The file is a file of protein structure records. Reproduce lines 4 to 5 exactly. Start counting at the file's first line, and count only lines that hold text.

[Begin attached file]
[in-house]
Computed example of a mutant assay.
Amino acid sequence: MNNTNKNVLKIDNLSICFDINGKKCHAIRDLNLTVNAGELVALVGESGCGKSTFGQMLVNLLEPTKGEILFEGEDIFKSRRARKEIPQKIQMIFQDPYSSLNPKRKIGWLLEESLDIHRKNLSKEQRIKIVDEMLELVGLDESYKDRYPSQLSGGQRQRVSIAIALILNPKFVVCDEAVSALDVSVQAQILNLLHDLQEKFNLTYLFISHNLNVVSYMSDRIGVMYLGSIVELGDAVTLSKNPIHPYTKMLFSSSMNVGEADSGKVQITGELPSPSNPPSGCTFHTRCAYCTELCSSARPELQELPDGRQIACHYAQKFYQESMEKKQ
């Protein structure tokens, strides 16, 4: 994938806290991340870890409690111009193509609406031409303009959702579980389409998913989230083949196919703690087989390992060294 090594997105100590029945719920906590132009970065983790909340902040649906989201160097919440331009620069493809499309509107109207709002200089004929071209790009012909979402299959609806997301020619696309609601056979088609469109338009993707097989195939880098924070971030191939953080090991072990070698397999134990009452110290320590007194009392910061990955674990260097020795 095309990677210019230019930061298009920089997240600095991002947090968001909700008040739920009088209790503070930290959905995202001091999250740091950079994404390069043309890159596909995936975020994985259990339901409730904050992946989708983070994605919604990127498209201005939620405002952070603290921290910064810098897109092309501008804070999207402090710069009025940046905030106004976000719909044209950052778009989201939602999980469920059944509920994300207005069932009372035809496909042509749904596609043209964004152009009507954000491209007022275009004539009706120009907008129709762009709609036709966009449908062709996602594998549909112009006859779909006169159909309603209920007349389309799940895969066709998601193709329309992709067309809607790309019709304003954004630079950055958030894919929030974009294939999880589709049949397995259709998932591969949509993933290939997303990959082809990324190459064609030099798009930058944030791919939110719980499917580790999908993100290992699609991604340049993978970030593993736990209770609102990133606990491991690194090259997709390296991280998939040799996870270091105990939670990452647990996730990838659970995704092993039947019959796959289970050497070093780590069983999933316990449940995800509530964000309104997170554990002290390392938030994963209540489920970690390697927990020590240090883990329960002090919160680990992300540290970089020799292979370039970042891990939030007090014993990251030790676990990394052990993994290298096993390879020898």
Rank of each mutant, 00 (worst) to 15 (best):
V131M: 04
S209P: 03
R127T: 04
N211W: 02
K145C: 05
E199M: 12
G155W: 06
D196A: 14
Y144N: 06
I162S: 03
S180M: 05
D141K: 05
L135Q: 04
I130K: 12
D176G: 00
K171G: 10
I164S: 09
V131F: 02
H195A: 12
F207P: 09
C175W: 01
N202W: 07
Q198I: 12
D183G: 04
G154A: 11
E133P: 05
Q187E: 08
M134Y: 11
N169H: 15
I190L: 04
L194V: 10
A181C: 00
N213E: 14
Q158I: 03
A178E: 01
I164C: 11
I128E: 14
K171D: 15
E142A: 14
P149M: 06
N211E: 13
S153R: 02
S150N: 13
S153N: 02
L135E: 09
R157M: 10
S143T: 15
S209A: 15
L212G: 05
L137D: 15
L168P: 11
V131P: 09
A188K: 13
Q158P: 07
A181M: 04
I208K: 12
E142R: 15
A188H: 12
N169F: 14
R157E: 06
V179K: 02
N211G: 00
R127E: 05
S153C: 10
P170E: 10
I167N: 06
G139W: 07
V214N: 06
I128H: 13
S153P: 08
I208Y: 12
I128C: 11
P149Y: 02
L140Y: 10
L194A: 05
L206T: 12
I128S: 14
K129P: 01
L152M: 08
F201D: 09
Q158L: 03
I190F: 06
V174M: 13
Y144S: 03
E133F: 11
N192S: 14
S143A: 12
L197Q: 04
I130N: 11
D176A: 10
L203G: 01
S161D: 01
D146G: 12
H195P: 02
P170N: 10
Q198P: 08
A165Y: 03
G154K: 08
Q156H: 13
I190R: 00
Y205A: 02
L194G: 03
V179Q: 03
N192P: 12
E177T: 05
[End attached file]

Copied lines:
């Protein structure tokens, strides 16, 4: 994938806290991340870890409690111009193509609406031409303009959702579980389409998913989230083949196919703690087989390992060294 090594997105100590029945719920906590132009970065983790909340902040649906989201160097919440331009620069493809499309509107109207709002200089004929071209790009012909979402299959609806997301020619696309609601056979088609469109338009993707097989195939880098924070971030191939953080090991072990070698397999134990009452110290320590007194009392910061990955674990260097020795 095309990677210019230019930061298009920089997240600095991002947090968001909700008040739920009088209790503070930290959905995202001091999250740091950079994404390069043309890159596909995936975020994985259990339901409730904050992946989708983070994605919604990127498209201005939620405002952070603290921290910064810098897109092309501008804070999207402090710069009025940046905030106004976000719909044209950052778009989201939602999980469920059944509920994300207005069932009372035809496909042509749904596609043209964004152009009507954000491209007022275009004539009706120009907008129709762009709609036709966009449908062709996602594998549909112009006859779909006169159909309603209920007349389309799940895969066709998601193709329309992709067309809607790309019709304003954004630079950055958030894919929030974009294939999880589709049949397995259709998932591969949509993933290939997303990959082809990324190459064609030099798009930058944030791919939110719980499917580790999908993100290992699609991604340049993978970030593993736990209770609102990133606990491991690194090259997709390296991280998939040799996870270091105990939670990452647990996730990838659970995704092993039947019959796959289970050497070093780590069983999933316990449940995800509530964000309104997170554990002290390392938030994963209540489920970690390697927990020590240090883990329960002090919160680990992300540290970089020799292979370039970042891990939030007090014993990251030790676990990394052990993994290298096993390879020898």
Rank of each mutant, 00 (worst) to 15 (best):